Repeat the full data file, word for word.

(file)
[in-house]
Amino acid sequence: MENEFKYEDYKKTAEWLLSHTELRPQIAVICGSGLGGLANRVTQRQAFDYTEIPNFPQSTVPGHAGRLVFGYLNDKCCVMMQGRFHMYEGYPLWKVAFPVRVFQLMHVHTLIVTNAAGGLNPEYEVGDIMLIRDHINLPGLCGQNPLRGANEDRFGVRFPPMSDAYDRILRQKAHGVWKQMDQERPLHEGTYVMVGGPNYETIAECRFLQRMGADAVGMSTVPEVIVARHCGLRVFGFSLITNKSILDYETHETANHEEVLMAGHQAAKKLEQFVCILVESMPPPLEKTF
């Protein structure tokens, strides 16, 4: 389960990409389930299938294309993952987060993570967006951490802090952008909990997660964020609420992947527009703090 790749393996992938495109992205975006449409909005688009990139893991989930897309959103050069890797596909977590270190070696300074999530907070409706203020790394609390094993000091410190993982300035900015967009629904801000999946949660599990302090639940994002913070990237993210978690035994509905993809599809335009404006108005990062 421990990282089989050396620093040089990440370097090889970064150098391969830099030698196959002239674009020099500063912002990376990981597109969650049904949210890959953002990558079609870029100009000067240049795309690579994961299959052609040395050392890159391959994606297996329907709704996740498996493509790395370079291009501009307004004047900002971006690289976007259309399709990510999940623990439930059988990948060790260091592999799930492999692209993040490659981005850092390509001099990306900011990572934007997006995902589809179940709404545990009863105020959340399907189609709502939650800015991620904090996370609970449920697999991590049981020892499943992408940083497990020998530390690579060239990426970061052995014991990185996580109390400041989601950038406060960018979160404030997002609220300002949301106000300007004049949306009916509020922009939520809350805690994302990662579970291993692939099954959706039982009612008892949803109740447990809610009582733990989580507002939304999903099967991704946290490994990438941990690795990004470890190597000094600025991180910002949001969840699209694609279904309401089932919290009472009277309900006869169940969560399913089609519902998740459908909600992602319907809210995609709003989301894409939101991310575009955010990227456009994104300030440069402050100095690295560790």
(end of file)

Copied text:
[in-house]
Amino acid sequence: MENEFKYEDYKKTAEWLLSHTELRPQIAVICGSGLGGLANRVTQRQAFDYTEIPNFPQSTVPGHAGRLVFGYLNDKCCVMMQGRFHMYEGYPLWKVAFPVRVFQLMHVHTLIVTNAAGGLNPEYEVGDIMLIRDHINLPGLCGQNPLRGANEDRFGVRFPPMSDAYDRILRQKAHGVWKQMDQERPLHEGTYVMVGGPNYETIAECRFLQRMGADAVGMSTVPEVIVARHCGLRVFGFSLITNKSILDYETHETANHEEVLMAGHQAAKKLEQFVCILVESMPPPLEKTF
């Protein structure tokens, strides 16, 4: 389960990409389930299938294309993952987060993570967006951490802090952008909990997660964020609420992947527009703090 790749393996992938495109992205975006449409909005688009990139893991989930897309959103050069890797596909977590270190070696300074999530907070409706203020790394609390094993000091410190993982300035900015967009629904801000999946949660599990302090639940994002913070990237993210978690035994509905993809599809335009404006108005990062 421990990282089989050396620093040089990440370097090889970064150098391969830099030698196959002239674009020099500063912002990376990981597109969650049904949210890959953002990558079609870029100009000067240049795309690579994961299959052609040395050392890159391959994606297996329907709704996740498996493509790395370079291009501009307004004047900002971006690289976007259309399709990510999940623990439930059988990948060790260091592999799930492999692209993040490659981005850092390509001099990306900011990572934007997006995902589809179940709404545990009863105020959340399907189609709502939650800015991620904090996370609970449920697999991590049981020892499943992408940083497990020998530390690579060239990426970061052995014991990185996580109390400041989601950038406060960018979160404030997002609220300002949301106000300007004049949306009916509020922009939520809350805690994302990662579970291993692939099954959706039982009612008892949803109740447990809610009582733990989580507002939304999903099967991704946290490994990438941990690795990004470890190597000094600025991180910002949001969840699209694609279904309401089932919290009472009277309900006869169940969560399913089609519902998740459908909600992602319907809210995609709003989301894409939101991310575009955010990227456009994104300030440069402050100095690295560790």